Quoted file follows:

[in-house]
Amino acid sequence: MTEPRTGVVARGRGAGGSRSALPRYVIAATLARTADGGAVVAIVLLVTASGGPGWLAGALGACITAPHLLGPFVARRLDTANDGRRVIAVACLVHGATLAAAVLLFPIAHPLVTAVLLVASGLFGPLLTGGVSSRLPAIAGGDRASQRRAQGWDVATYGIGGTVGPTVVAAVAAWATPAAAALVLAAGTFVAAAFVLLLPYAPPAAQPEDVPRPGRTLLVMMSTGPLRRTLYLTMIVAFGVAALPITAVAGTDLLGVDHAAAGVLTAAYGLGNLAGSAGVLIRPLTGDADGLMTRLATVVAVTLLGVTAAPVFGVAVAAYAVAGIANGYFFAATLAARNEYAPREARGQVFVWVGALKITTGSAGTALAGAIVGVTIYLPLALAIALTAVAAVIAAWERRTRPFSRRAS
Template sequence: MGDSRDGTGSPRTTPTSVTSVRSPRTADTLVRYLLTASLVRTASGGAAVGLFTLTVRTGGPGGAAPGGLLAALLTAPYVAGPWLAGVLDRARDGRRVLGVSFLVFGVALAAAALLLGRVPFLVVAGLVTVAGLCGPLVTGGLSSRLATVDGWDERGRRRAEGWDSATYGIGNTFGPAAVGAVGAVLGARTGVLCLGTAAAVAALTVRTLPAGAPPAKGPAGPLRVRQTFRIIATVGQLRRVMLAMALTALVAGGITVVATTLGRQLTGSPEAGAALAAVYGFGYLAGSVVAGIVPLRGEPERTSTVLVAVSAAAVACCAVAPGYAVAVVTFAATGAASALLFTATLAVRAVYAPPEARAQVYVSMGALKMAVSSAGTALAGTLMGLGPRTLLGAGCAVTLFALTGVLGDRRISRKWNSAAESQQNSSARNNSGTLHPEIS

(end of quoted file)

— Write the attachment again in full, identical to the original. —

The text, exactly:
[in-house]
Amino acid sequence: MTEPRTGVVARGRGAGGSRSALPRYVIAATLARTADGGAVVAIVLLVTASGGPGWLAGALGACITAPHLLGPFVARRLDTANDGRRVIAVACLVHGATLAAAVLLFPIAHPLVTAVLLVASGLFGPLLTGGVSSRLPAIAGGDRASQRRAQGWDVATYGIGGTVGPTVVAAVAAWATPAAAALVLAAGTFVAAAFVLLLPYAPPAAQPEDVPRPGRTLLVMMSTGPLRRTLYLTMIVAFGVAALPITAVAGTDLLGVDHAAAGVLTAAYGLGNLAGSAGVLIRPLTGDADGLMTRLATVVAVTLLGVTAAPVFGVAVAAYAVAGIANGYFFAATLAARNEYAPREARGQVFVWVGALKITTGSAGTALAGAIVGVTIYLPLALAIALTAVAAVIAAWERRTRPFSRRAS
Template sequence: MGDSRDGTGSPRTTPTSVTSVRSPRTADTLVRYLLTASLVRTASGGAAVGLFTLTVRTGGPGGAAPGGLLAALLTAPYVAGPWLAGVLDRARDGRRVLGVSFLVFGVALAAAALLLGRVPFLVVAGLVTVAGLCGPLVTGGLSSRLATVDGWDERGRRRAEGWDSATYGIGNTFGPAAVGAVGAVLGARTGVLCLGTAAAVAALTVRTLPAGAPPAKGPAGPLRVRQTFRIIATVGQLRRVMLAMALTALVAGGITVVATTLGRQLTGSPEAGAALAAVYGFGYLAGSVVAGIVPLRGEPERTSTVLVAVSAAAVACCAVAPGYAVAVVTFAATGAASALLFTATLAVRAVYAPPEARAQVYVSMGALKMAVSSAGTALAGTLMGLGPRTLLGAGCAVTLFALTGVLGDRRISRKWNSAAESQQNSSARNNSGTLHPEIS